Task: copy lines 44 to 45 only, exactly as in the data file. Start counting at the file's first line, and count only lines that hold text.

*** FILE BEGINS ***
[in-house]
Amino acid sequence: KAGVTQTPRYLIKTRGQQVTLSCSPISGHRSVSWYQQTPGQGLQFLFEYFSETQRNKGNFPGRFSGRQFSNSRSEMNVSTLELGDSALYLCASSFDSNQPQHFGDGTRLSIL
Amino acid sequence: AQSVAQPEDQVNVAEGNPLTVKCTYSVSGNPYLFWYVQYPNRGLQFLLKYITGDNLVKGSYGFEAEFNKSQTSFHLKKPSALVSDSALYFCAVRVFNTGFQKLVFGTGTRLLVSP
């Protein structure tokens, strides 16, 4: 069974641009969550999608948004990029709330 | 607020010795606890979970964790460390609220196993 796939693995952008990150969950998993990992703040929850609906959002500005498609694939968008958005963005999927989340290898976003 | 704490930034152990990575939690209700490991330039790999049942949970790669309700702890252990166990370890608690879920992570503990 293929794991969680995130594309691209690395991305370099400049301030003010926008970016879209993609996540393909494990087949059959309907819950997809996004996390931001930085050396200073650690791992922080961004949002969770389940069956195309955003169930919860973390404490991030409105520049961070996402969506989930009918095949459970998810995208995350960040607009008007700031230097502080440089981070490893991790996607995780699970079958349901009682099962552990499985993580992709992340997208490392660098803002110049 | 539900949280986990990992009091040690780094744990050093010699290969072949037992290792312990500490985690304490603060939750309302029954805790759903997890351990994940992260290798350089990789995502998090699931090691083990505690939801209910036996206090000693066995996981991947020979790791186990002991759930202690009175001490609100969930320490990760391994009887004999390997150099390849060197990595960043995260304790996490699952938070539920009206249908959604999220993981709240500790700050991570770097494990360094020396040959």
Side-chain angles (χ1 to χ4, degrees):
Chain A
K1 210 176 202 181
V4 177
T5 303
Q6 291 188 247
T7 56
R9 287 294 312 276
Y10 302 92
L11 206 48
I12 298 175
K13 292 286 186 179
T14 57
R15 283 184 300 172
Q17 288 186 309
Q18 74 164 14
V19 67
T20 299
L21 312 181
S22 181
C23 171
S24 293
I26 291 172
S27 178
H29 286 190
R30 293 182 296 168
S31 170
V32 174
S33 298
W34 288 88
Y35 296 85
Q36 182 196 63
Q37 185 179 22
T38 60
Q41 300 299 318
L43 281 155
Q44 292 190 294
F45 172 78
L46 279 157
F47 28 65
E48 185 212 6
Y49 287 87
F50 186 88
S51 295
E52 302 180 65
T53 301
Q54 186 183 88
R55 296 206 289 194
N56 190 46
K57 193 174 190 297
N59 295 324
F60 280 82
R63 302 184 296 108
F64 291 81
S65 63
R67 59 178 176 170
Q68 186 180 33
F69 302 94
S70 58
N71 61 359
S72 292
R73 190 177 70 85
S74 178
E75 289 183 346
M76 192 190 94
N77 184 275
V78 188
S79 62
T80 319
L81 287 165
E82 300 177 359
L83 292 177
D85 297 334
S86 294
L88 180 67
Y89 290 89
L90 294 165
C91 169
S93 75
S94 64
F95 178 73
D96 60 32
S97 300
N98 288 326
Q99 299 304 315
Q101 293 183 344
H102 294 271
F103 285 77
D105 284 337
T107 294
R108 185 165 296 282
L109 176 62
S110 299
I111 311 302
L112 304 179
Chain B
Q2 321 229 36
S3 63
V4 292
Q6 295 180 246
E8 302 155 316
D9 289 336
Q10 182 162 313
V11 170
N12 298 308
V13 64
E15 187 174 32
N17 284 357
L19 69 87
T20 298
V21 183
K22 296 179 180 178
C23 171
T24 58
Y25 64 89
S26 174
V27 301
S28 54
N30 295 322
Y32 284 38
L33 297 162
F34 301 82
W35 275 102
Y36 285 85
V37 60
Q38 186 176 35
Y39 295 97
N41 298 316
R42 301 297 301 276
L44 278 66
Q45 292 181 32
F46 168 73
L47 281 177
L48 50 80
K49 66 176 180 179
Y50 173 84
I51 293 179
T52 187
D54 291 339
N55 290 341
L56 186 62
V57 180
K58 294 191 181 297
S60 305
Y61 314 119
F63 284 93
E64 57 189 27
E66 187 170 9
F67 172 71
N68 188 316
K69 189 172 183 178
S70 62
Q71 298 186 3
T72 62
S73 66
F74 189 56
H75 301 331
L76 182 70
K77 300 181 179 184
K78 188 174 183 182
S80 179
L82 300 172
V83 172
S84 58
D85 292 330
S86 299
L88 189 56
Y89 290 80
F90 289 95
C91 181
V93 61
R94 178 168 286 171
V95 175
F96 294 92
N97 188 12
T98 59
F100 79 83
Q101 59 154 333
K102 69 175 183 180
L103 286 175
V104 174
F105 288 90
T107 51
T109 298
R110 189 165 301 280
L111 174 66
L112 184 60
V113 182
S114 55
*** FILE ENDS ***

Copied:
F47 28 65
E48 185 212 6